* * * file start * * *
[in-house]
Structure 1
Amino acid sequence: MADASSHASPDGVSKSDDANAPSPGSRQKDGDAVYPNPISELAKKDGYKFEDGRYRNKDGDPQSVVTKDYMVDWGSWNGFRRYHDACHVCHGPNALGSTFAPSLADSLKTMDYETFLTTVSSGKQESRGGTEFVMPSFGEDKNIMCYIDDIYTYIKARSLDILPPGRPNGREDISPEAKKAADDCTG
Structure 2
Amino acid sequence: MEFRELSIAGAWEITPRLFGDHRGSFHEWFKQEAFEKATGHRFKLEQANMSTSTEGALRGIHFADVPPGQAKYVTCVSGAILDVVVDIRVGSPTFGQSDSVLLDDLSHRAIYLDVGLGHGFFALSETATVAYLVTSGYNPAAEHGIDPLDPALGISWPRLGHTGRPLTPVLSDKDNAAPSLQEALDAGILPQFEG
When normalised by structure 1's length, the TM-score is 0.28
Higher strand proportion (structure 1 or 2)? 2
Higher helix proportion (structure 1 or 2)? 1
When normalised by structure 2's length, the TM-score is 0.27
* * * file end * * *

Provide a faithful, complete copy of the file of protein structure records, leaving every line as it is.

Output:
[in-house]
Structure 1
Amino acid sequence: MADASSHASPDGVSKSDDANAPSPGSRQKDGDAVYPNPISELAKKDGYKFEDGRYRNKDGDPQSVVTKDYMVDWGSWNGFRRYHDACHVCHGPNALGSTFAPSLADSLKTMDYETFLTTVSSGKQESRGGTEFVMPSFGEDKNIMCYIDDIYTYIKARSLDILPPGRPNGREDISPEAKKAADDCTG
Structure 2
Amino acid sequence: MEFRELSIAGAWEITPRLFGDHRGSFHEWFKQEAFEKATGHRFKLEQANMSTSTEGALRGIHFADVPPGQAKYVTCVSGAILDVVVDIRVGSPTFGQSDSVLLDDLSHRAIYLDVGLGHGFFALSETATVAYLVTSGYNPAAEHGIDPLDPALGISWPRLGHTGRPLTPVLSDKDNAAPSLQEALDAGILPQFEG
When normalised by structure 1's length, the TM-score is 0.28
Higher strand proportion (structure 1 or 2)? 2
Higher helix proportion (structure 1 or 2)? 1
When normalised by structure 2's length, the TM-score is 0.27